In all jurisdictions where cannabis is legally available, the benefits are dramatic and very easy to see. In Holland, far fewer children use cannabis than in the UK. Underage use is declining in Colorado, Washington, Oregon, Alaska where cannabis is legal for all adults and in the other 30 US states where medical cannabis is legal. Crime is down, fatal traffic accidents are down, alcohol consumption is down, overdoses and deaths from dangerous opioid painkillers are down.
The prohibition of cannabis is a great force for evil in our society. It promotes crime, it maximises the health harms of cannabis, it ruins lives, it denies people medicine that science proves will help them, it blights communities, endangers children, fritters away precious law enforcement resources.
Indeed, prohibition is a fundamentally immoral policy. It sets the police and the courts against the communities they are supposed to protect. After all, the demand comes from us and it is not going away. We are adults, free human beings who are entitled to act as we wish provided it doesn’t harm others. Our government and our police should serve us. It is an affront to justice, to the rule of law, to morality and to each one of us that this oppressive, ridiculous, evidence-free policy persists.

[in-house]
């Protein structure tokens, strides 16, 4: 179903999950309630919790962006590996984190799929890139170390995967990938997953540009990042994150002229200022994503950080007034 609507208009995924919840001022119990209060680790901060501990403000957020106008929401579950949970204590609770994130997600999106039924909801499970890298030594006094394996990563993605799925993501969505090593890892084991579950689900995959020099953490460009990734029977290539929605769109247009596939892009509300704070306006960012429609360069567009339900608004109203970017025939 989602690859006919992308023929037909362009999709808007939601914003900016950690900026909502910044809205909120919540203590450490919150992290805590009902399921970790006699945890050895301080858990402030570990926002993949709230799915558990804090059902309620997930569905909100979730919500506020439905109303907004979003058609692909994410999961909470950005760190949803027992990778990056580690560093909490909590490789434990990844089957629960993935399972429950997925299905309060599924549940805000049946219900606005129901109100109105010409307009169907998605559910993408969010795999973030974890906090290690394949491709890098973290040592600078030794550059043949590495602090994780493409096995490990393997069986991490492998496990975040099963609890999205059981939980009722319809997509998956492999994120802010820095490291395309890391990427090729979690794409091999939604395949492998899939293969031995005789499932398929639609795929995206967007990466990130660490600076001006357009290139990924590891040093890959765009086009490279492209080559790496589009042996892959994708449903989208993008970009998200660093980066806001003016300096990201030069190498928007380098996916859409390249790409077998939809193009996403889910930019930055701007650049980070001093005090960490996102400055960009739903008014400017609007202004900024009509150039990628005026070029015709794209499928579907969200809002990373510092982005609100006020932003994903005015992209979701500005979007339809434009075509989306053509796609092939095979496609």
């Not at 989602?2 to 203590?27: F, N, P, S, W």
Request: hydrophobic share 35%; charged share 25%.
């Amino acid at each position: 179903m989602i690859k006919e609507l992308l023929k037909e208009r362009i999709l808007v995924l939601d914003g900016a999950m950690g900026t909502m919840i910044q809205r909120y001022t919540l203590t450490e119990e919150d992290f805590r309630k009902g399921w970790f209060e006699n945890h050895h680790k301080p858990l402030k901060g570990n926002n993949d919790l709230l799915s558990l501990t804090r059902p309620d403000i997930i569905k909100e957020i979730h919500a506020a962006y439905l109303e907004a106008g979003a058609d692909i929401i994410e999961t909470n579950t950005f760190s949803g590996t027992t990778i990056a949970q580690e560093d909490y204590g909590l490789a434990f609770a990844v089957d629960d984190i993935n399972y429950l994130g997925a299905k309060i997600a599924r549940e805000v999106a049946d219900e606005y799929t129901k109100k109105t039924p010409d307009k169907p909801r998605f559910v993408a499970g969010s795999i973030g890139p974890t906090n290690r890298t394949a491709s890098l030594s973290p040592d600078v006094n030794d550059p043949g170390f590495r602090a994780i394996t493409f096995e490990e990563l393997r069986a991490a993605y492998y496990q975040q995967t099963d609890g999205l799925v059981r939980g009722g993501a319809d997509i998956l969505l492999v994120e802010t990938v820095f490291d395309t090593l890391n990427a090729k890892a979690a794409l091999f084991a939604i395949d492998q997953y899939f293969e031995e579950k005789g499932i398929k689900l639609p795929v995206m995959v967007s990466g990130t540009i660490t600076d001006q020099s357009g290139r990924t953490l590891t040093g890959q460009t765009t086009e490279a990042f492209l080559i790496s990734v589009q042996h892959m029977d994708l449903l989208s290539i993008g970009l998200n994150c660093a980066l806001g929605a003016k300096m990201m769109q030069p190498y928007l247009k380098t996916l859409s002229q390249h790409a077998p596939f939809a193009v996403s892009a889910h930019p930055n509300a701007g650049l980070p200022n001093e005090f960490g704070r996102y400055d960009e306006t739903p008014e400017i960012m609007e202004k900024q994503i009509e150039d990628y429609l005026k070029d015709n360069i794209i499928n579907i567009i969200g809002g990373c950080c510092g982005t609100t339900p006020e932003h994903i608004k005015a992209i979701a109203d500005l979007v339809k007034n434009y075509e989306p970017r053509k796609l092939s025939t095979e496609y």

Legalise cannabis now! Please vote in favour of the motion.
The launch of the APPG report on its inquiry into medicinal cannabis is a public event which anyone can attend. It takes place at the House of Lords committee room 2 on 13th September 2016 at 11.00am.
Baroness Molly Meacher and Caroline Lucas MP, are co-chairs of the APPG. The guest speakers will be:
Frank Field MP
Ron Hogg, Police and Crime Commissioner for County Durham
Professor Mike Barnes, Neurologist, CLEAR Scientific and Medical Advisor
Lara Smith, Medicinal Cannabis Patient, Life Fellow of CLEAR
Lara was awarded a Life Fellowship of CLEAR in August 2014 in recognition of her enormous contribution to our campaign. She suffers from a terrible chronic pain condition which is only relieved by cannabis. Her consultant is one of those few courageous doctors in the UK who have supported their patient by prescribing access to Bedrocan medicinal cannabis products. Using the protocol which CLEAR pioneered, which exploits loopholes in the Misuse of Drugs Act 1971, Lara now gains legal access to Bedrocan products on a regular basis. She has to travel to the Netherlands in person to collect her medicine every three months and it has to be paid for on a private basis. The important thing is she gets the medicine she needs and she is within the law.